MIT Sloan Professor Finds Evidence of Significant Front-Running

CAMBRIDGE, Mass., July 15, 2008 — In the wake of allegations of front-running on Wall Street and an SEC investigation, evidence of significant front-running has been found by MIT Sloan School of Management Professor Mozaffar Khan.

In a recent paper, “Do Short Sellers Front-Run Insider Sales?”, Khan and coauthor Hai Lu of the Rotman School of Management at the University of Toronto found significant increases in short sales immediately prior to large sales by corporate insiders such as CEOs, consistent with front-running based on leaked information about an upcoming insider sale.

Front-running, which is trading in advance of a large trade in order to profit from the price movement that usually follows the large trade, can happen when people are tipped off about an impending large sale. A brokerage employee might tip off a favored client like a large hedge fund or a brokerage might trade on its own prior to executing a client's large trade. Both scenarios are illegal, as the trades are not based on public information.

In their paper, the authors document an increasing trend of daily short sales in the days leading up to a large insider sale and peaking sharply on the day of the large insider sale. They found that for large insider sales, short sales are significantly higher starting seven days before the insider sale.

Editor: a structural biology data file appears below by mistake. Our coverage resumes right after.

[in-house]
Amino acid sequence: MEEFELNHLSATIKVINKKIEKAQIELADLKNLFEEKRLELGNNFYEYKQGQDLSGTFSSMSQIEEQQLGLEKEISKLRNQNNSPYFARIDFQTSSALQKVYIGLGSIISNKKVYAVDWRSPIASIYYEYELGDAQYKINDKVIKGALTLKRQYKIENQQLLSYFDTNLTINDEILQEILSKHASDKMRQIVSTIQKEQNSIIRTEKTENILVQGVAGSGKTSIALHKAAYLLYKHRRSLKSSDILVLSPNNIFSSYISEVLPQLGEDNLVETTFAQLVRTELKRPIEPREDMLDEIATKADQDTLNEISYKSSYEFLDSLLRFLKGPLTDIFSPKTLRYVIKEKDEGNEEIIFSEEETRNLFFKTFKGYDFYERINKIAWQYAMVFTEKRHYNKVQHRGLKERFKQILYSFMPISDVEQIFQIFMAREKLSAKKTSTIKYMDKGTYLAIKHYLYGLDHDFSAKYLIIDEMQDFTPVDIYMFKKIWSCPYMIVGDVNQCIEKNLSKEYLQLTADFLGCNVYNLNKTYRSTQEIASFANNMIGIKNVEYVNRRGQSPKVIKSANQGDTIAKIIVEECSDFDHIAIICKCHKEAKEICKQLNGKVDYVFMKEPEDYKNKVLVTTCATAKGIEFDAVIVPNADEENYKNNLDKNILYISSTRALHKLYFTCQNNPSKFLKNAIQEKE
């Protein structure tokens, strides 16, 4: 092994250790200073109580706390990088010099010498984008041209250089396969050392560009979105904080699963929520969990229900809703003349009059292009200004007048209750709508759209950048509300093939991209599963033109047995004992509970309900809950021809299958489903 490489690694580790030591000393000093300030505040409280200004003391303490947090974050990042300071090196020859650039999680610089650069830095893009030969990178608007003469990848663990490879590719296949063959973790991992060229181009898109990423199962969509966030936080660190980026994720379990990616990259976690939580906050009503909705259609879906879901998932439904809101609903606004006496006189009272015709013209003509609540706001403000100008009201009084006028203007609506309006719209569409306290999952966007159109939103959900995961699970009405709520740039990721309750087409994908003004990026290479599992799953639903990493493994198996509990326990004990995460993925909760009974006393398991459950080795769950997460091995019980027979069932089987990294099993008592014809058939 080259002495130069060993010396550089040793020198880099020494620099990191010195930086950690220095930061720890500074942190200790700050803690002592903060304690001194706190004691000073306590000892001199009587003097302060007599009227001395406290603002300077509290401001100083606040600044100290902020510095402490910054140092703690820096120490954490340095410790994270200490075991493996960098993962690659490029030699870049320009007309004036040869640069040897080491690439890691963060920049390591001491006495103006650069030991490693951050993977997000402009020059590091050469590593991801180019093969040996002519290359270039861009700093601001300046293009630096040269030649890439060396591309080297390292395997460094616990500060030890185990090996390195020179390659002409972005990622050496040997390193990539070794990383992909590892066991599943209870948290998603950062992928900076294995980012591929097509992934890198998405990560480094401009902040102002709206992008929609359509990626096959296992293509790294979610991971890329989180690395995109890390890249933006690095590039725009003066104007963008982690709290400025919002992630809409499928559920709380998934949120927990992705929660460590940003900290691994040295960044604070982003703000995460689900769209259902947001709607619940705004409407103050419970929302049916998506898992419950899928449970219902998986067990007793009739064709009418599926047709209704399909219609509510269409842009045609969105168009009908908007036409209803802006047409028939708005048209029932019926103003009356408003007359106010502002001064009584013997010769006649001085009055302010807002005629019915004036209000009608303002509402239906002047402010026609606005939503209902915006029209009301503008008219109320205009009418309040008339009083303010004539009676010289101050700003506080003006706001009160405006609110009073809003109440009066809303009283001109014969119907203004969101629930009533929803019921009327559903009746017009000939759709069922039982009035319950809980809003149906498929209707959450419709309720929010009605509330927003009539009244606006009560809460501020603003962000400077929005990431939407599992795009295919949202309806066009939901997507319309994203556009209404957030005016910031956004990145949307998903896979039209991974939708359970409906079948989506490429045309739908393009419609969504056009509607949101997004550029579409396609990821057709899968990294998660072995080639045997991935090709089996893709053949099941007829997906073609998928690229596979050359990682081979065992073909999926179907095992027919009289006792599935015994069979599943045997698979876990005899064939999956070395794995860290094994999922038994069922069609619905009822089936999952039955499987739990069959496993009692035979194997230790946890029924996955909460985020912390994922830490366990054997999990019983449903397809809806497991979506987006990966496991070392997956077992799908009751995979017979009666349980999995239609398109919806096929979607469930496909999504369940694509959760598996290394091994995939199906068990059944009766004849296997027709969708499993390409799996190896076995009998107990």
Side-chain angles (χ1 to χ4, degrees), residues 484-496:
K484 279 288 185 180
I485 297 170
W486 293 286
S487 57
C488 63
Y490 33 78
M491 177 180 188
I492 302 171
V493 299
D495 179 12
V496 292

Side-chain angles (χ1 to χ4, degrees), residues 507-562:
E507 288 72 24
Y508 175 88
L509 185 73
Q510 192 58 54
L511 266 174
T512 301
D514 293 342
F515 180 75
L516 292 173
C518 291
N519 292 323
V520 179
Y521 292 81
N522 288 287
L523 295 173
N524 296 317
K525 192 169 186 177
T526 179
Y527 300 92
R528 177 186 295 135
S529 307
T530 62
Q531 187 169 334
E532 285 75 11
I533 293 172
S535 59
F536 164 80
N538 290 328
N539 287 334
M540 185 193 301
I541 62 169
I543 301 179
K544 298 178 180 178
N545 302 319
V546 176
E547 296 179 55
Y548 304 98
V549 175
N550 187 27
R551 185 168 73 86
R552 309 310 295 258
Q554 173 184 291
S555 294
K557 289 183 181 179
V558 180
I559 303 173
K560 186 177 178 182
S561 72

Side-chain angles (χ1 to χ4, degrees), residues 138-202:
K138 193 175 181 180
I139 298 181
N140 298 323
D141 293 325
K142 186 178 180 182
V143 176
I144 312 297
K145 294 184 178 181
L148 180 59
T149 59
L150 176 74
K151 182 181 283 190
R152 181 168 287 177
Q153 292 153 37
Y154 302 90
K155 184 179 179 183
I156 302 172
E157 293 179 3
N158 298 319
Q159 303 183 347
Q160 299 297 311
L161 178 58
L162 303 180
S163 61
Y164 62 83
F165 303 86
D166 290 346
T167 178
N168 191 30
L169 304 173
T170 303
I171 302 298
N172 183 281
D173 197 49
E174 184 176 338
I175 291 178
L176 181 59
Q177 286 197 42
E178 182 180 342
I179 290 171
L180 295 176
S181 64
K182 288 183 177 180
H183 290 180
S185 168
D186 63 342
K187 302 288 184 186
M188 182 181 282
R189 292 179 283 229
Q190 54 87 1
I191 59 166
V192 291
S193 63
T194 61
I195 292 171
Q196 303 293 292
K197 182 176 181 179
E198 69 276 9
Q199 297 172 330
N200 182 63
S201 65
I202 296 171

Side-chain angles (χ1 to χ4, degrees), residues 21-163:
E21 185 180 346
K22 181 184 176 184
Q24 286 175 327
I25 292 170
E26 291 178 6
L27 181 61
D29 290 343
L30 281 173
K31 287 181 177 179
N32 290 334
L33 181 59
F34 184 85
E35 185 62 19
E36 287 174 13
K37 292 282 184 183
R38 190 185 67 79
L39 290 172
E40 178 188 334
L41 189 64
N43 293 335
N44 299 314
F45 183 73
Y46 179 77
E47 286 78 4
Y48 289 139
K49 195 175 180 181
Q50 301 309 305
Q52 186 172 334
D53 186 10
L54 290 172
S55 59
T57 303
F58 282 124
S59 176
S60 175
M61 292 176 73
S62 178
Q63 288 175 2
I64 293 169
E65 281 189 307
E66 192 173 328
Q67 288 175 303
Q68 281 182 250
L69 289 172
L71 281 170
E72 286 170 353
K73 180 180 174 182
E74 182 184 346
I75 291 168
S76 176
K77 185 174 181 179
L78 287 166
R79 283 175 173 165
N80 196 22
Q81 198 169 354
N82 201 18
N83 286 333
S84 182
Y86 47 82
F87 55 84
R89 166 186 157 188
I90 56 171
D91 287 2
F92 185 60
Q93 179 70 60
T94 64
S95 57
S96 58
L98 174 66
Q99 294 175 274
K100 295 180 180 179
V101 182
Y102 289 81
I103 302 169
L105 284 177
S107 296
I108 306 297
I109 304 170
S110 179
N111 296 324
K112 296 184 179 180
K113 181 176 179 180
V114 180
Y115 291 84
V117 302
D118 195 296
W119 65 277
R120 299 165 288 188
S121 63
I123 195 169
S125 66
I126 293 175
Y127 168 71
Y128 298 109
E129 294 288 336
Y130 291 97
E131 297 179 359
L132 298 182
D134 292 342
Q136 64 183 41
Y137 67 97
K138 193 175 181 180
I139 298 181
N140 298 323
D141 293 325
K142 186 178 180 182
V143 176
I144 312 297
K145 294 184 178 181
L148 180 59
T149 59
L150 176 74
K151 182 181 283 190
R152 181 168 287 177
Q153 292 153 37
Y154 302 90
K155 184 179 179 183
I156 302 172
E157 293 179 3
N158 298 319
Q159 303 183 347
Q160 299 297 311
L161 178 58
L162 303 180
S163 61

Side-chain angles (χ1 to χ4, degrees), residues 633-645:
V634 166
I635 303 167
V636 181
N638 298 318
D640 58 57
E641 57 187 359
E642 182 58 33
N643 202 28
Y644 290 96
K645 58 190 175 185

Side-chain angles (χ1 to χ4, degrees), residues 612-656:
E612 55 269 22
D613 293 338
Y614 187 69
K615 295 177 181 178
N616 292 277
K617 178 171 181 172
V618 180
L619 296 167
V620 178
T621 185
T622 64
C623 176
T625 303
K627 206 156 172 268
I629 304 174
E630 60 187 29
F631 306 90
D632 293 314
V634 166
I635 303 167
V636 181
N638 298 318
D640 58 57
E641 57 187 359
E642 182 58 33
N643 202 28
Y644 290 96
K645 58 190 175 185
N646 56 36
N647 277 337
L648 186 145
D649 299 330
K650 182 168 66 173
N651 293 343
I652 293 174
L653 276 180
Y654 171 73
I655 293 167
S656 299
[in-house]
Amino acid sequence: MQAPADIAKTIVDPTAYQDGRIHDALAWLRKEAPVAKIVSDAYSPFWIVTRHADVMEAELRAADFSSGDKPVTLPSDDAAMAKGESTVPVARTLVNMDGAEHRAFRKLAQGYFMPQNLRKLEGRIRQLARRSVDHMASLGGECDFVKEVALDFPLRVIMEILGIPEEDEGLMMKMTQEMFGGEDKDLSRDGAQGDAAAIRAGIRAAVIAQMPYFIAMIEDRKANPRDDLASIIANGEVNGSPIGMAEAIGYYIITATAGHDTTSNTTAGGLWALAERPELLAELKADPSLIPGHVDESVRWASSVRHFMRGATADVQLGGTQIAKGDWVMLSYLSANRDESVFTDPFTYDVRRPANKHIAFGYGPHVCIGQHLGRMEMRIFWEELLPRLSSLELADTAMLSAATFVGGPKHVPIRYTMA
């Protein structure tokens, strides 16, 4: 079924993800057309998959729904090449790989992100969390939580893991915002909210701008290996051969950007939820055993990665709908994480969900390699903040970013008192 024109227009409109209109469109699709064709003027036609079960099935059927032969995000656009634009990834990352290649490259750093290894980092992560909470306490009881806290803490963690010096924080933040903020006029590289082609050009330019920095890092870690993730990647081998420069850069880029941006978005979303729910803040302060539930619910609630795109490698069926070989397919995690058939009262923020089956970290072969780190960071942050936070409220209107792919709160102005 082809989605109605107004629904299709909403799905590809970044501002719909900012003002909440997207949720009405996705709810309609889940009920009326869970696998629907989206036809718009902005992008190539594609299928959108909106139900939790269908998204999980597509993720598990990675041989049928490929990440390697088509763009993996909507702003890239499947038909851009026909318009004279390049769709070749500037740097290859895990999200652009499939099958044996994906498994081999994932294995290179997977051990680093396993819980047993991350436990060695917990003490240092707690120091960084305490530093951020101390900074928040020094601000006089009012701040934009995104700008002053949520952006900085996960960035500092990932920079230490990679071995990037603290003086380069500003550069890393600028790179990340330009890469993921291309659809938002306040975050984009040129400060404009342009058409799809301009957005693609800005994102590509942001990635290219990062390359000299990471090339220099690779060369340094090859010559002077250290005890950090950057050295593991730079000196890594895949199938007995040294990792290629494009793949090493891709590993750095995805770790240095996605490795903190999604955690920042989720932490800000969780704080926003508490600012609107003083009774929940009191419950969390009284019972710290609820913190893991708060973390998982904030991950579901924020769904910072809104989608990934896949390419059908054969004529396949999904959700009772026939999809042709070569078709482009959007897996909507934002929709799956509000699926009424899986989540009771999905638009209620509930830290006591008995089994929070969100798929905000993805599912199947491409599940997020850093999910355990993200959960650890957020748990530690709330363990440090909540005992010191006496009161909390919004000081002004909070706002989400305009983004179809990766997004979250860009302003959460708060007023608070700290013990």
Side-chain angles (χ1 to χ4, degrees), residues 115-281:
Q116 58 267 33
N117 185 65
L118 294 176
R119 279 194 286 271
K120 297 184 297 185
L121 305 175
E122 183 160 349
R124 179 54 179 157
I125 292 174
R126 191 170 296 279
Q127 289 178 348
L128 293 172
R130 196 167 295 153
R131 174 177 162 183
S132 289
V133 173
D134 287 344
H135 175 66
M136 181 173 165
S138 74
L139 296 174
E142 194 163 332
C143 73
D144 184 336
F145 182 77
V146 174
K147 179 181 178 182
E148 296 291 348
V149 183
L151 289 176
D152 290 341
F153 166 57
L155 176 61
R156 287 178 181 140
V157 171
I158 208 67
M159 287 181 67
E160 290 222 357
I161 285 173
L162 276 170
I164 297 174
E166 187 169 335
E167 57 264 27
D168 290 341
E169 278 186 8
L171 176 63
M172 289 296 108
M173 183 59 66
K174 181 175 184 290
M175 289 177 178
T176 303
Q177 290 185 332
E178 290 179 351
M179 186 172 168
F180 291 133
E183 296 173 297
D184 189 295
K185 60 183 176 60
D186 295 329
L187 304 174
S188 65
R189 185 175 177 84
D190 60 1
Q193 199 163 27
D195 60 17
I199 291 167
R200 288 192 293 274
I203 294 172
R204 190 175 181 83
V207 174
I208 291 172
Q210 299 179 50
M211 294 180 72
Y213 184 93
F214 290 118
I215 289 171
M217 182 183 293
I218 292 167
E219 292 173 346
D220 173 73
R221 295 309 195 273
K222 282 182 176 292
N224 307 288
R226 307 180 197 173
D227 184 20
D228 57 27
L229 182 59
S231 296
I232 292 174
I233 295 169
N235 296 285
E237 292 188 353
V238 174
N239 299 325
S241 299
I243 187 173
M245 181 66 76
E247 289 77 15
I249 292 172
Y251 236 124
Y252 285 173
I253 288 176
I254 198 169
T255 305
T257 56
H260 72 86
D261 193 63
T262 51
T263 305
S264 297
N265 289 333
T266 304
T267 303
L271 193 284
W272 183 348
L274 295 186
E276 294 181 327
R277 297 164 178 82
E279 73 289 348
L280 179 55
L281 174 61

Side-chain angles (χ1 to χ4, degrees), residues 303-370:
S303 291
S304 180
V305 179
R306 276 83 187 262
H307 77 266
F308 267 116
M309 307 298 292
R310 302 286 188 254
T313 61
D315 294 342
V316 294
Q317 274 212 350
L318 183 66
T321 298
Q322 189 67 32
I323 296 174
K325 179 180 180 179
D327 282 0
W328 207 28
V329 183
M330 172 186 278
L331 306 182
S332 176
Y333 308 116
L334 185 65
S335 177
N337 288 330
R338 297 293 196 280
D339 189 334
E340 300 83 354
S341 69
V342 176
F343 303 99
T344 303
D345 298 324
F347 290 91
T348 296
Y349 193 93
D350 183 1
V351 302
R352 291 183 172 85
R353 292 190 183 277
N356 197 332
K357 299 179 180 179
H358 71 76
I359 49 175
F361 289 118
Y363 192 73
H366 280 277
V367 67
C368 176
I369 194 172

They did not find evidence that short sellers anticipate insider sales based on publicly available information. Rather, their evidence suggests the front-running is made possible by information that is privately leaked.

Khan, an MIT Sloan professor of economics, finance and accounting, said, “It seems like this is driven by leaked information. We don't have data to say who is leaking the information and who it is being leaked to, but this is an issue that should be addressed by the exchanges and the SEC.”

He explained that front-running based on leaked information hurts ordinary investors who expect the stock market to provide fair gains. “If some people illegally acquire private information, then they are going to have an unfair advantage over those without that information. This might deter people from investing in the stock market. If a lot of people don't participate in the stock market, then companies — even good companies with great products — can't raise money, leading to inefficient capital allocation. It distorts the entire playing field.”

Khan added, “If there is leakage, then we need enforcement by the SEC of existing regulations and they need to investigate who is doing the leaking to stop it.” He added that the other way to stop the leakage is to increase the frequency of disclosure of short sales required by exchanges from monthly to perhaps daily.

“If others participating in the market can observe from daily disclosures that short sales have increased, they will rationally infer the presence of some private information and adjust the stock price accordingly. In this way the private information gets impounded in the stock price sooner rather than later, and therefore reduces the front-runners' unfair advantage over the rest of the public,” he said, noting that there is a cost to collecting and disclosing the information which has to be balanced with the need for more frequent disclosures.

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